A seasoned reporter on religion and an old hand on the Middle East beat, Hazleton (The First Muslim: The Story of Muhammad, 2013, etc.) is Jewish by blood and convent-educated by nuns. After more than a decade in Jerusalem, she finds that accepted pious practice is not for her.
For the author, doubt is not a problem but a blessing. She does not seek assurance of an all-encompassing intelligent design but, rather, revels in the prospects that just might yet be discovered by mankind. For this agnostic, there is delight in mystery. Her faith is in not knowing everything. Humanity, certainly, is subject to misadventure, yet it is for humans to determine what is truly significant. Meaning, in her book, is not the responsibility of a force beyond us; how we behave is our choice and our obligation. The old aphorism is clear to Hazleton: man created God, not the other way around, and she sees Him (who is consistently male) as an anthropomorphic metaphor for something bigger. “If there is one thing that can really be said with any certainty about God,” she writes, “it is that the name is utterly insufficient to the concept.” Throughout the book, the author dissects the manifestations of religious devotion. Religious belief is seen as binary, a true-or-false proposition. Where, she asks, is the nuance? Is our universe unique or only one in a greater cosmos? How can we comprehend what is beyond infinity? The agnostic mind finds no satisfactory answers in canonical tracts or fundamentalist piety. There’s no need to reckon with evil, infidels, or visiting angels. Here, with clever elucidation, are artful essays that celebrate the wonder of the unknown.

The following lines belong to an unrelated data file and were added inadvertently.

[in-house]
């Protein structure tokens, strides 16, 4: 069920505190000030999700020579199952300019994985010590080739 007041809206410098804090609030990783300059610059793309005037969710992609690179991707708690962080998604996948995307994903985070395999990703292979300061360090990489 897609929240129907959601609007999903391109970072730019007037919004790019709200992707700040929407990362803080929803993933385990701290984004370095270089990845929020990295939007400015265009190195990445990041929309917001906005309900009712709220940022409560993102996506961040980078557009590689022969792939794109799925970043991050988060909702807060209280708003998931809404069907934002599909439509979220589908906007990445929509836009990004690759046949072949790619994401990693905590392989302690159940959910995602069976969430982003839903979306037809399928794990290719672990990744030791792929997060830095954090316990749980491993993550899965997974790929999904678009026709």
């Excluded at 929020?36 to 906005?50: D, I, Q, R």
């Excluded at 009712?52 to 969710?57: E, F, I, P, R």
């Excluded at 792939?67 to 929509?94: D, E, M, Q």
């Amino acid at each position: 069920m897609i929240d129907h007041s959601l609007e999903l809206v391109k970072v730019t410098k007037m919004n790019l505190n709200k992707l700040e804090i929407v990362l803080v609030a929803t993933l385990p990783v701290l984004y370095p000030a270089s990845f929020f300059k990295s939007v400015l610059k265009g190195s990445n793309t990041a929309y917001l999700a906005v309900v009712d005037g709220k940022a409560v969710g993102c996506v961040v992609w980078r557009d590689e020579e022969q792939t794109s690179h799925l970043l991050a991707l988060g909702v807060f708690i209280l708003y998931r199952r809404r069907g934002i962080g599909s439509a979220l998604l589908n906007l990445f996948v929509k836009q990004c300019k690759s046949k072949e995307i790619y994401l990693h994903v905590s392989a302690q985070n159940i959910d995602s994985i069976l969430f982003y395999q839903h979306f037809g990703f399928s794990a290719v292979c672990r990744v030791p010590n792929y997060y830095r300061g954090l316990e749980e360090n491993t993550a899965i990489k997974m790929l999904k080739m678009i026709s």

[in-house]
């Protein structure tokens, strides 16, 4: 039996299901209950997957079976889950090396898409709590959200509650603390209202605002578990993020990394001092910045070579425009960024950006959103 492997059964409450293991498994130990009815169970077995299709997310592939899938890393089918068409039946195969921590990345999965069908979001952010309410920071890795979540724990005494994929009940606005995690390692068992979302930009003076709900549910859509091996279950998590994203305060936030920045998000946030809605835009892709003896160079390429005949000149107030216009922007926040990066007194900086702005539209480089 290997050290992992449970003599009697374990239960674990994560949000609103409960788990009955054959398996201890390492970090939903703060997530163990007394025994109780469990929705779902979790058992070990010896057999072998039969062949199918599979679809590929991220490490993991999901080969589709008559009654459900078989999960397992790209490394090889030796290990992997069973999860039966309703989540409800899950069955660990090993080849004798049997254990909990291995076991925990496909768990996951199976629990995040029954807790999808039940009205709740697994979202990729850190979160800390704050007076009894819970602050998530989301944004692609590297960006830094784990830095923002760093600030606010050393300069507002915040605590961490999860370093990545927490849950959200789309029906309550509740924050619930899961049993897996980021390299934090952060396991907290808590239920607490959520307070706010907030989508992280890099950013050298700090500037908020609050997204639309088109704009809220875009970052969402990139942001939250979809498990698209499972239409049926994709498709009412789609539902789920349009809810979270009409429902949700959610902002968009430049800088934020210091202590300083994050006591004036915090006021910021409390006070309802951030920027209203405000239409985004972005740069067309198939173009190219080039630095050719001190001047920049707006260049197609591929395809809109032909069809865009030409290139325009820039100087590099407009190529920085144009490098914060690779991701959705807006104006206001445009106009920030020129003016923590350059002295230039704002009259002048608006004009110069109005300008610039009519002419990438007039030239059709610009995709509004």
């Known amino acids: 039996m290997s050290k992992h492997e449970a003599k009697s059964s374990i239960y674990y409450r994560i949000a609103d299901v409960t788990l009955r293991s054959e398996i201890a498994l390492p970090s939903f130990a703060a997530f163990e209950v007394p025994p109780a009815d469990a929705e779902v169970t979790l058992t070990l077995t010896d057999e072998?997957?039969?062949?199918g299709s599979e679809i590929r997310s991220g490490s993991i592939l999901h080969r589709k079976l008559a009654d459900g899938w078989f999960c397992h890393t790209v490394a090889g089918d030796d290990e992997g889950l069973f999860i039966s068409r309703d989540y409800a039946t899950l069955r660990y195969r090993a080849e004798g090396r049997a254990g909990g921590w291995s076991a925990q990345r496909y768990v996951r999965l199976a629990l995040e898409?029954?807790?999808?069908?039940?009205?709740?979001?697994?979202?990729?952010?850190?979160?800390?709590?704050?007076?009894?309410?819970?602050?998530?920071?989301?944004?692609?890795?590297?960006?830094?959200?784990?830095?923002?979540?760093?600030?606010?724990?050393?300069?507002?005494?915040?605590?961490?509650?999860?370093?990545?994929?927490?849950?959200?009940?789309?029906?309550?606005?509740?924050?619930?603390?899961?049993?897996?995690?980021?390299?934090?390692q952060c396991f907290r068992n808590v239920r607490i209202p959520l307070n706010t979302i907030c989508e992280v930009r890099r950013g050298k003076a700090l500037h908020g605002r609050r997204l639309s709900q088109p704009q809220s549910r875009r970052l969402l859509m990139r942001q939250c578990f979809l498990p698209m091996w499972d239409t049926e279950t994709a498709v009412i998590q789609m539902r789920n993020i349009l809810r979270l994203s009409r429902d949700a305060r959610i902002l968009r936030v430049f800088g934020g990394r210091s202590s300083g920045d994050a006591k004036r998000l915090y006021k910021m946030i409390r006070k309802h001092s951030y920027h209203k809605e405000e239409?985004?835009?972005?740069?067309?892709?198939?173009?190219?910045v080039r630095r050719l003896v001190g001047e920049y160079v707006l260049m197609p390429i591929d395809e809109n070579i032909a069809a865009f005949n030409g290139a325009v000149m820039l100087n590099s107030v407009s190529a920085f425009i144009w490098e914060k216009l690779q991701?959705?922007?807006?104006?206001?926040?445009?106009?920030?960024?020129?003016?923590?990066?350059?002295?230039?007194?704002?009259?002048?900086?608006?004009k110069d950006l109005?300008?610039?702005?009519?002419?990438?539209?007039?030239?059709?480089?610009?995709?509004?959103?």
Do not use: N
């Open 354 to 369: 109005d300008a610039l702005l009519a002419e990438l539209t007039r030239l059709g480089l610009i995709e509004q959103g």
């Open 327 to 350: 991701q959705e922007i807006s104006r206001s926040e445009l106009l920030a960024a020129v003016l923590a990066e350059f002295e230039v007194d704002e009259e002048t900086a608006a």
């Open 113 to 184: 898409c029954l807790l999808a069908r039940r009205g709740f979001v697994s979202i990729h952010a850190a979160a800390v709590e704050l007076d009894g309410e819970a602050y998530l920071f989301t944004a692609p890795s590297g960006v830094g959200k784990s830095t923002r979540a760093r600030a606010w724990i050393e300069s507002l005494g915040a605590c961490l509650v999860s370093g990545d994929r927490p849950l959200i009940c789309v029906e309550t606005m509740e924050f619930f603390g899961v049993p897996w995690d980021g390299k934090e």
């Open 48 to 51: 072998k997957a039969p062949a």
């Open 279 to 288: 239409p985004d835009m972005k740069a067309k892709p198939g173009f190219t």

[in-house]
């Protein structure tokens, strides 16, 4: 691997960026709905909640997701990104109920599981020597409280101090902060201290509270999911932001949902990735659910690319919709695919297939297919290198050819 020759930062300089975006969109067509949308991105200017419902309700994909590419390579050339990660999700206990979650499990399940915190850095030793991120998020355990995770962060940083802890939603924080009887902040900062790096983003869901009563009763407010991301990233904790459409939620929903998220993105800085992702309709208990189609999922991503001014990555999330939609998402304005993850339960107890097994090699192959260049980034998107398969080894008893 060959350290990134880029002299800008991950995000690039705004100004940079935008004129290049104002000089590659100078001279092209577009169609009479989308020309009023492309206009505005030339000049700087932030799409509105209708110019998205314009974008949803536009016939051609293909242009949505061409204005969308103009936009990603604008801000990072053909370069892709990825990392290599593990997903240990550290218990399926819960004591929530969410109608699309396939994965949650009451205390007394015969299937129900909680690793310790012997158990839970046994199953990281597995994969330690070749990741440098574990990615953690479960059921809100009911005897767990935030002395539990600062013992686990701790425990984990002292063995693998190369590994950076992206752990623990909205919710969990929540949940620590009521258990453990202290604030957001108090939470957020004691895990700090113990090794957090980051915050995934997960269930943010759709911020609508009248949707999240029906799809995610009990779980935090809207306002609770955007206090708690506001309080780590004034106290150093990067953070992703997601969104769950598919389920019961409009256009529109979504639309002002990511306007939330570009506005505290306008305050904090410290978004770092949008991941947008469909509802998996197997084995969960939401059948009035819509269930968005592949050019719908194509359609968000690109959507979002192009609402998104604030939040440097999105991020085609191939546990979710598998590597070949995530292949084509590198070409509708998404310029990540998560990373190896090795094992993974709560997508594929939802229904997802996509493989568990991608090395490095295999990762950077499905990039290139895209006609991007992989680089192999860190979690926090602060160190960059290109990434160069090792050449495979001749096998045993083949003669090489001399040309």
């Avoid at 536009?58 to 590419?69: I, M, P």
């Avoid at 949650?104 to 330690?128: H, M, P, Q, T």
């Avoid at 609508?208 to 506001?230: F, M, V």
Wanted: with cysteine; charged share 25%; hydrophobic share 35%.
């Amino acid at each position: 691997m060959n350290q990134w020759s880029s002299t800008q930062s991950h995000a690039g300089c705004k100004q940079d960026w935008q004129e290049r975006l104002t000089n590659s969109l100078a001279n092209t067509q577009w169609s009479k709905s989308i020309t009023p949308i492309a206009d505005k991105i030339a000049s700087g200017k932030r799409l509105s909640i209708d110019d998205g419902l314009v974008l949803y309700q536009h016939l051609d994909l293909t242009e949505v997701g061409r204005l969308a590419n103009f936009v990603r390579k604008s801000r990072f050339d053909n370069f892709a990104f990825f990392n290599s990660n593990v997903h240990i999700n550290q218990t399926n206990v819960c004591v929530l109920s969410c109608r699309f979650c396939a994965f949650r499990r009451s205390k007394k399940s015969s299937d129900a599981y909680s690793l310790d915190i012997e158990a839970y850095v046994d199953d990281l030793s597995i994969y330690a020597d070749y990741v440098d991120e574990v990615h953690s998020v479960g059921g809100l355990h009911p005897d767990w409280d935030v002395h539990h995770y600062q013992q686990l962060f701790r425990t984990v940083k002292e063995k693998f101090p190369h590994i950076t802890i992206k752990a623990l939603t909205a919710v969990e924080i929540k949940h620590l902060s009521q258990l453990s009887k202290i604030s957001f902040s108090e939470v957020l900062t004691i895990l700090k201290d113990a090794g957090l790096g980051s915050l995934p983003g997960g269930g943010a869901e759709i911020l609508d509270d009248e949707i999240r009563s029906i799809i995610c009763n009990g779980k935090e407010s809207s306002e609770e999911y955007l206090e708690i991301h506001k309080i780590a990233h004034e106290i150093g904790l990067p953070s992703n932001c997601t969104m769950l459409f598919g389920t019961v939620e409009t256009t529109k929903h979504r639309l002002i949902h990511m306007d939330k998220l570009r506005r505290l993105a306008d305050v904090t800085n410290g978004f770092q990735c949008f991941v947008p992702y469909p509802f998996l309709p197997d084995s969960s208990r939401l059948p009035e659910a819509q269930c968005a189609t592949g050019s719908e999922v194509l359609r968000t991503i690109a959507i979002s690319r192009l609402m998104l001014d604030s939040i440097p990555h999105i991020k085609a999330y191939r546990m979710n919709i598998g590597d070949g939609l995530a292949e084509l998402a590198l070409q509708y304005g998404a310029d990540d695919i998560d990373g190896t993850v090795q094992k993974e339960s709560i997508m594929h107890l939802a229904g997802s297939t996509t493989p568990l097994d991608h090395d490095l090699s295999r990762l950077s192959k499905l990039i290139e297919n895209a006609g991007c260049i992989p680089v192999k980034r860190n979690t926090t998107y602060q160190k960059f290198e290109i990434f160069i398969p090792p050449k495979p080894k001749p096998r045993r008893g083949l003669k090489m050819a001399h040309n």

Atheists and devout worshipers alike may never accept the agnostics’ philosophy. But even in defense of simply not knowing, Hazleton does not deny possibilities; she denies only assured and implacable dogma.